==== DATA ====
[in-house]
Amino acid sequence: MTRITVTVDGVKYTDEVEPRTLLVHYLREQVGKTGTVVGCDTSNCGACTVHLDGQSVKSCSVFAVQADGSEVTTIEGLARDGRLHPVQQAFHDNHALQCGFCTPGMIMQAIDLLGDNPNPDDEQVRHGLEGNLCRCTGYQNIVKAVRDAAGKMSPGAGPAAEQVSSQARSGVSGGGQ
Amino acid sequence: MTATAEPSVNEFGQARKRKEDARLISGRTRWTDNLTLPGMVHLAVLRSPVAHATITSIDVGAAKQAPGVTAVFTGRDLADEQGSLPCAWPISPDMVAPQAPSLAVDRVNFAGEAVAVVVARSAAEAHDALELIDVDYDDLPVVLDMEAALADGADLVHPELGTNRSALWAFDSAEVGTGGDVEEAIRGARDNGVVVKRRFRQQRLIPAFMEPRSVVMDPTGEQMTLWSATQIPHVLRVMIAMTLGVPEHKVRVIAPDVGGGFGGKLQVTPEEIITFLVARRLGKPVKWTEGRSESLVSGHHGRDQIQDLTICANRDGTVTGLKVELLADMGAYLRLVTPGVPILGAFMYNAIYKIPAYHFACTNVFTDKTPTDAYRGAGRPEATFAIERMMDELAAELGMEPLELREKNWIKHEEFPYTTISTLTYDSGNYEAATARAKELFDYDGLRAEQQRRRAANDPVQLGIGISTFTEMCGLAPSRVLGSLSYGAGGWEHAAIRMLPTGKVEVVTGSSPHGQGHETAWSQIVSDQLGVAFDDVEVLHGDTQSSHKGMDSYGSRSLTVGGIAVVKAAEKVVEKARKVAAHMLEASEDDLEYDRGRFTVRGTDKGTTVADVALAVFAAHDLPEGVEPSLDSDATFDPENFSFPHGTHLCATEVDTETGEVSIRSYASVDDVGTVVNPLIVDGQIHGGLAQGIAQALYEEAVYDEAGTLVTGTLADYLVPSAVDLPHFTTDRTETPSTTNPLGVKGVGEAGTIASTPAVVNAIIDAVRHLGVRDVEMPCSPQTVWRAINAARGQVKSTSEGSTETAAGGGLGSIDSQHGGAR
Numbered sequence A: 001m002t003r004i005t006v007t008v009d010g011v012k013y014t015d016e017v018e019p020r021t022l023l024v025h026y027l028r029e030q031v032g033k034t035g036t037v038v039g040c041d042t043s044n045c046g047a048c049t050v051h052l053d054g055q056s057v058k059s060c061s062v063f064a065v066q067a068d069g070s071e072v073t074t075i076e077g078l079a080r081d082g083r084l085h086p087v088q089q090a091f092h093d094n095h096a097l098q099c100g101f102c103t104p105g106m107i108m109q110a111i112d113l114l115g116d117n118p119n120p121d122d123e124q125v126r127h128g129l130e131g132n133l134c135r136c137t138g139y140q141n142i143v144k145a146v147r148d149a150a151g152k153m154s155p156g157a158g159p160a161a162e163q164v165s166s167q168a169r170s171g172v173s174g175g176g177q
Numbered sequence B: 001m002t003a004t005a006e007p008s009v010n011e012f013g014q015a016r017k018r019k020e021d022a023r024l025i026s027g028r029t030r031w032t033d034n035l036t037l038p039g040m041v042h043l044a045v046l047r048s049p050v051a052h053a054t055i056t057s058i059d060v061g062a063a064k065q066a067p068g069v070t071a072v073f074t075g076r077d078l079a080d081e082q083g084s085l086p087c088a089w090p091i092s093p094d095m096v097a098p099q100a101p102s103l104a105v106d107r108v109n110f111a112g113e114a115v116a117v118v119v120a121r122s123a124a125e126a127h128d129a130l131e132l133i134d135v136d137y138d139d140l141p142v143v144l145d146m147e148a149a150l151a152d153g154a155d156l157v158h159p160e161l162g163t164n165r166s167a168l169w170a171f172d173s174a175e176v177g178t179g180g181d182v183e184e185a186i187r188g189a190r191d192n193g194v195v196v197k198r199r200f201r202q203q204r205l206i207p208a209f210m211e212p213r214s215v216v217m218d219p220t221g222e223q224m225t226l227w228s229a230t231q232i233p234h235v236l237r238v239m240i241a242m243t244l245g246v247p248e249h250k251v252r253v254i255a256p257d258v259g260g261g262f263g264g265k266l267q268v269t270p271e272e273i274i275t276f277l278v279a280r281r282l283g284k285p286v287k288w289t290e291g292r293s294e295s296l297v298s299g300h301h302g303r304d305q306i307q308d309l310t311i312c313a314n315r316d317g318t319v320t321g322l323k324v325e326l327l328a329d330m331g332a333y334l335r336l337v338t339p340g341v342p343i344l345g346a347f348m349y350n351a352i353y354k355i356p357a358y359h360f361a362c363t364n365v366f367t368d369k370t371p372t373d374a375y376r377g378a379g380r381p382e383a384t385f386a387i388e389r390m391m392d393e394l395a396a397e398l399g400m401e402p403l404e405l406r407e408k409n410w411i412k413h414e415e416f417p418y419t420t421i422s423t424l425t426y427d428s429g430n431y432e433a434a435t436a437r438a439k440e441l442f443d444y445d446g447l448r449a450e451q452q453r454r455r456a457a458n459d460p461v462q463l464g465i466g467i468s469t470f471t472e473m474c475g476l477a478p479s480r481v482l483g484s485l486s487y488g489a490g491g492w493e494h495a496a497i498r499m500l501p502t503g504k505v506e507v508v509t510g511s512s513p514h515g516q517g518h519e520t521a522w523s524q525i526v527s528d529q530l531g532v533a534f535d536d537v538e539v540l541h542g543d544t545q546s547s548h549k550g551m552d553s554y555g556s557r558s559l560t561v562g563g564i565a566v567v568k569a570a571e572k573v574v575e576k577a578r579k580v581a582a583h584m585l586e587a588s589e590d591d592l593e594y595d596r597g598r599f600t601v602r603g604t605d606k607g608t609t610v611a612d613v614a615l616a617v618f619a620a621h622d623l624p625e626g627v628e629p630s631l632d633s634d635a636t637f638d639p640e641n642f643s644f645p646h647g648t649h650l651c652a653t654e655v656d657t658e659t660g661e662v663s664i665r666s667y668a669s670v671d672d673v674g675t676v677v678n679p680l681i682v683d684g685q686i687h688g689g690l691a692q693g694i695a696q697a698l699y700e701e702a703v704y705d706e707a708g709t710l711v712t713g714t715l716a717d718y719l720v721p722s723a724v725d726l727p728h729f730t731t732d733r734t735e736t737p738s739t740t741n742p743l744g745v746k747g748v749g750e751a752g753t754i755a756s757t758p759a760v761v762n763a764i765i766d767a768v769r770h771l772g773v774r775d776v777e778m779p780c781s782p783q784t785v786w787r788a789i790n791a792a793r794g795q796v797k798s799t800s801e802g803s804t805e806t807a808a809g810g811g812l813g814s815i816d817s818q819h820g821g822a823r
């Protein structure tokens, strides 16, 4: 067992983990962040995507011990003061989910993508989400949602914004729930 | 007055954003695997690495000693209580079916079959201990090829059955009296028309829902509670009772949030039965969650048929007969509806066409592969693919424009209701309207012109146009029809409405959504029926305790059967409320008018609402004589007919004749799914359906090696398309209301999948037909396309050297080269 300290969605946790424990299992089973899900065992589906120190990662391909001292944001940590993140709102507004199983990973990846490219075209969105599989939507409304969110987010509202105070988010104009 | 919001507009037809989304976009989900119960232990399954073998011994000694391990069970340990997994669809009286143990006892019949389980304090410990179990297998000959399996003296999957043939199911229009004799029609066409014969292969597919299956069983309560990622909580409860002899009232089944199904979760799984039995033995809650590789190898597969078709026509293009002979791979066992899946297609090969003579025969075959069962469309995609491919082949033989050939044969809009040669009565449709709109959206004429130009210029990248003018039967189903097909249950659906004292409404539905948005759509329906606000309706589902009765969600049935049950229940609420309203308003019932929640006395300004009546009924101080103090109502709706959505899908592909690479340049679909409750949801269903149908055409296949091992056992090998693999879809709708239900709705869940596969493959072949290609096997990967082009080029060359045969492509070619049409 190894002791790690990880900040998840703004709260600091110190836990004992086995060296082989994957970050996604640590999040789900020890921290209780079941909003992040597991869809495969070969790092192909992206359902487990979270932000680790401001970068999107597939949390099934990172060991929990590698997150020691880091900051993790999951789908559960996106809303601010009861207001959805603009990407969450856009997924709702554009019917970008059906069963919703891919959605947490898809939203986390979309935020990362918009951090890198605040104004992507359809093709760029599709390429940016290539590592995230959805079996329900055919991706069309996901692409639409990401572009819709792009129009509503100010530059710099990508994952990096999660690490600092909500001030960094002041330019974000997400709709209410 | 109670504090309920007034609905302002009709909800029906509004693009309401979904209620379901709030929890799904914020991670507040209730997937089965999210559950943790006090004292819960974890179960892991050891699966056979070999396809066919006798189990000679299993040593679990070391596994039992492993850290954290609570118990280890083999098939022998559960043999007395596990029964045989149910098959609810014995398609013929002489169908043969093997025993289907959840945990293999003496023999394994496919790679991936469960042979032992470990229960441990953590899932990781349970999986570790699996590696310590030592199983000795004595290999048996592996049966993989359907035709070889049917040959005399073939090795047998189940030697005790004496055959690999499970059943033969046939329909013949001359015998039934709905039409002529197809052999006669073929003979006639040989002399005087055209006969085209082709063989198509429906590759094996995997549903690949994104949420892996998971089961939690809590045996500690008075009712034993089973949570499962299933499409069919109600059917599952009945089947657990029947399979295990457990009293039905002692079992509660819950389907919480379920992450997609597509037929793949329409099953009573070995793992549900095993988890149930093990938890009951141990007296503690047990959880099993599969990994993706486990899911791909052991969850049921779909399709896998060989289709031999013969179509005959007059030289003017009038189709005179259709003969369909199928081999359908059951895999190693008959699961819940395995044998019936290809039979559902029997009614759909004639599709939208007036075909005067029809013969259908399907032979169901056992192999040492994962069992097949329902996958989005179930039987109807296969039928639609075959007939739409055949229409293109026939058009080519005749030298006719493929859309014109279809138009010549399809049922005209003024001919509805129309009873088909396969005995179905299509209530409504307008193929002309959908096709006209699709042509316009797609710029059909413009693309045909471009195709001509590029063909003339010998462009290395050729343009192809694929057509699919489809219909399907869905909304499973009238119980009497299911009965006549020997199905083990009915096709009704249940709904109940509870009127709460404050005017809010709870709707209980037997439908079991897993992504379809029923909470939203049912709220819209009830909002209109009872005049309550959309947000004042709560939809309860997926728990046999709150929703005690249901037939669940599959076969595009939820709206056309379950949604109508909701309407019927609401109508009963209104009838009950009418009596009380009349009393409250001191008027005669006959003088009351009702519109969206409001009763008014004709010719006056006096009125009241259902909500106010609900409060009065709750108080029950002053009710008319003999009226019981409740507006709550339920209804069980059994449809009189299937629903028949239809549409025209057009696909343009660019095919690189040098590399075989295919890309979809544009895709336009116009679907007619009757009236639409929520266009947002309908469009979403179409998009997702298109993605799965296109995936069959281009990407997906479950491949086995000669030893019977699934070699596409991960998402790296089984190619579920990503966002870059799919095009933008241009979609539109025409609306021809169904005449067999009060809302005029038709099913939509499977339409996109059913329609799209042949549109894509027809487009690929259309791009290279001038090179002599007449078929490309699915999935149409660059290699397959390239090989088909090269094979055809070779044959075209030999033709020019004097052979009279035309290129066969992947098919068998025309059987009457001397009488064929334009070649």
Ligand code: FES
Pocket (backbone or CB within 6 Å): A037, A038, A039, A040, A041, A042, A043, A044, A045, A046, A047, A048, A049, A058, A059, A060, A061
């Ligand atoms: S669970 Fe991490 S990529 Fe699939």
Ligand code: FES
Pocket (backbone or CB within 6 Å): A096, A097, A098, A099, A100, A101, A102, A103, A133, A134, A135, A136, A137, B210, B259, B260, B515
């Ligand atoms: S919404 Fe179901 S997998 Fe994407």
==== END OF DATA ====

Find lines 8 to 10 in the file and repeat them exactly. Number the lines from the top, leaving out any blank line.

Pocket (backbone or CB within 6 Å): A037, A038, A039, A040, A041, A042, A043, A044, A045, A046, A047, A048, A049, A058, A059, A060, A061
């Ligand atoms: S669970 Fe991490 S990529 Fe699939």
Ligand code: FES